“As global population rises and the demand for resources grows, the potential for conflicts over resources could intensify. The impacts of climate change may exacerbate these threats. In response, we will need to develop new thinking on sources of insecurity and ensure that our preventive diplomacy takes into account the trans-boundary nature of ecosystems and environmental degradation.”

Secretary-General Ban Ki-moon
Message on the International Day for Preventing the Exploitation
of the Environment in War and Armed Conflict.
6 November 2010

Rescue teams in Pamoyanan Village, West Java, Indonesia, one day after a powerful earthquake struck Java island on 2 September 2009. Photo: Jefri Aries/IRIN.
UNEP experts sampling water during the post-conflict assessment in the Gaza Strip. UNEP provides field-based assessments of the environmental impacts of crises on human health, livelihoods and security. UNEP Photo/2009

On 5 November 2001, the UN General Assembly declared 6 November of each year as the International Day for Preventing the Exploitation of the Environment in War and Armed Conflict (A/RES/56/4).

Though mankind has always counted its war casualties in terms of dead and wounded soldiers and civilians, destroyed cities and livelihoods, the environment has often remained the unpublicized victim of war.Water wells have been polluted, crops torched, forests cut down, soils poisoned, and animals killed to gain military advantage.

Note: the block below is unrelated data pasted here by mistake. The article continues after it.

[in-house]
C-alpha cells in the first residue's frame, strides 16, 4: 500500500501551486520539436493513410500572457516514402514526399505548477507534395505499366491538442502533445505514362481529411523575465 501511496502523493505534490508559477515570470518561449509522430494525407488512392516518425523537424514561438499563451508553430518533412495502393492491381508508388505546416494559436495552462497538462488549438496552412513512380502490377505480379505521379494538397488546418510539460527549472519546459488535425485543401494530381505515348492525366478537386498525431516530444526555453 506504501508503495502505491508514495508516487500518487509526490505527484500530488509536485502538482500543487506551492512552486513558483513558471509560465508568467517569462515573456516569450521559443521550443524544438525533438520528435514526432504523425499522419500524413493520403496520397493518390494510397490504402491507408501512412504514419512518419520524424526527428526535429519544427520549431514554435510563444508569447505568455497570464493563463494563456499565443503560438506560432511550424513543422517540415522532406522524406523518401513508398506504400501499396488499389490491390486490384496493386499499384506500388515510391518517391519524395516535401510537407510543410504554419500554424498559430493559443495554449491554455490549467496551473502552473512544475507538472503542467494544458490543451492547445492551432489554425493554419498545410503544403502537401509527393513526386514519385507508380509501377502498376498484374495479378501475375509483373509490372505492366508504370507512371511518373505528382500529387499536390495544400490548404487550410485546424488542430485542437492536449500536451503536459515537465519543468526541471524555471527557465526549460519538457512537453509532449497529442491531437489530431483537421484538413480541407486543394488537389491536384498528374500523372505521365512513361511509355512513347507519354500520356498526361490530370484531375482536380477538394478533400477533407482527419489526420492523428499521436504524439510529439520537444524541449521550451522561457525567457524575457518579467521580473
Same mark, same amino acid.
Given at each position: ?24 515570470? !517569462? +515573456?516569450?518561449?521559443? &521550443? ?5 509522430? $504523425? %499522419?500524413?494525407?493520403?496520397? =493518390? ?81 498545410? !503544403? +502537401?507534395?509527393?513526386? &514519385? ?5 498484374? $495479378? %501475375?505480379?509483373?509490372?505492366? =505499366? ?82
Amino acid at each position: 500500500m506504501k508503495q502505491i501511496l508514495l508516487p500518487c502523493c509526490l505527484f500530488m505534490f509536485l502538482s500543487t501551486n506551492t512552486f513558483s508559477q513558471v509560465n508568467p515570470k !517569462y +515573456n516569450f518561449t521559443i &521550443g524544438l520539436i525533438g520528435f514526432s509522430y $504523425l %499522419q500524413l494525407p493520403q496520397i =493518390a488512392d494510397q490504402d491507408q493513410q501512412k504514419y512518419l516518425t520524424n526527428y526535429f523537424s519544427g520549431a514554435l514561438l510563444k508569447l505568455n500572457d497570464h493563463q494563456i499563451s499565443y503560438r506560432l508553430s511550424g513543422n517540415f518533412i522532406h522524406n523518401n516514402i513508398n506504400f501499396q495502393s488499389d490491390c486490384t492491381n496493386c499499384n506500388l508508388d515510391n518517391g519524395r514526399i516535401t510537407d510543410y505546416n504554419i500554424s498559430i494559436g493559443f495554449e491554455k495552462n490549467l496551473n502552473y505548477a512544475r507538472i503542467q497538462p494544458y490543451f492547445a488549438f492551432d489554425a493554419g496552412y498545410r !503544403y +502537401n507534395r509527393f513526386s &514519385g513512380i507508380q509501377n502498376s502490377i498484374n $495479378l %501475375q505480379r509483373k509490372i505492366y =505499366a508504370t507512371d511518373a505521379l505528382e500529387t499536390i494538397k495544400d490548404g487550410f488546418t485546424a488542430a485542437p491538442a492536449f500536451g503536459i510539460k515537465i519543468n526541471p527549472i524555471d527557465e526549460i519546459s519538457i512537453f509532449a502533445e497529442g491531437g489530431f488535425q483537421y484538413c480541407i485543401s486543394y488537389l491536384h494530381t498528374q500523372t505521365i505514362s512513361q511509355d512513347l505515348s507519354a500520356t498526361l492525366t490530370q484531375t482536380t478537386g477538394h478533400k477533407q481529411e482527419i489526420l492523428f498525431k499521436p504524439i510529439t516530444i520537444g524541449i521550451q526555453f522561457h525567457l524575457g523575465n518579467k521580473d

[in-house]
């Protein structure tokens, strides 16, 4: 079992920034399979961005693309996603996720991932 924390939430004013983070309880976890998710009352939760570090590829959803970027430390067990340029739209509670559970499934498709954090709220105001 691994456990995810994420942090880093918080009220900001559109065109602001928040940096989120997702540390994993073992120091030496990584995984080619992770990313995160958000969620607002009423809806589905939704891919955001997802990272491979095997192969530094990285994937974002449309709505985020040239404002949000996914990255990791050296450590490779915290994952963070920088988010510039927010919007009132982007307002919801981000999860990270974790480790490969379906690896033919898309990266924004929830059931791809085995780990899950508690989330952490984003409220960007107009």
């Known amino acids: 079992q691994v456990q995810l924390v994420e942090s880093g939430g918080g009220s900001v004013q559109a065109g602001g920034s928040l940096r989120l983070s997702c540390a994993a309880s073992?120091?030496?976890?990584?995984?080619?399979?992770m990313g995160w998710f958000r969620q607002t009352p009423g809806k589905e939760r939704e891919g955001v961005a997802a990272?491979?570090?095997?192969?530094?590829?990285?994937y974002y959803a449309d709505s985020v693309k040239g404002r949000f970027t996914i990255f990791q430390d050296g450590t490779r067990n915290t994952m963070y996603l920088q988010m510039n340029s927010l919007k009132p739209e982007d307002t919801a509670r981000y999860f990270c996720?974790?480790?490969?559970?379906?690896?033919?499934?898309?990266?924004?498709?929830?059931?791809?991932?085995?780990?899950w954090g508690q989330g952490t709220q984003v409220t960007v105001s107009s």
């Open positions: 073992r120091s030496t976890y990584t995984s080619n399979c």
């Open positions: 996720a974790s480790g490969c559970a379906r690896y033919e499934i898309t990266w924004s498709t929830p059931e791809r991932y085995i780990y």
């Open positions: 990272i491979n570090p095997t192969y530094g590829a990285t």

Furthermore, the United Nations Environment Programme (UNEP) has found that over the last 60 years, at least 40 percent of all internal conflicts have been linked to the exploitation of natural resources, whether high-value resources such as timber, diamonds, gold and oil, or scarce resources such as fertile land and water. Conflicts involving natural resources have also been found to be twice as likely to relapse.

The United Nations attaches great importance to ensuring that action on the environment is part of conflict prevention, peacekeeping and peacebuilding strategies – because there can be no durable peace if the natural resources that sustain livelihoods and ecosystems are destroyed. Six United Nations agencies and departments, coordinated by the UN Framework Team for Preventive Actionpdf document, have partnered with the European Union (EU) to help countries reduce tensions over natural resource and use environmental management for peacebuilding and conflict prevention.


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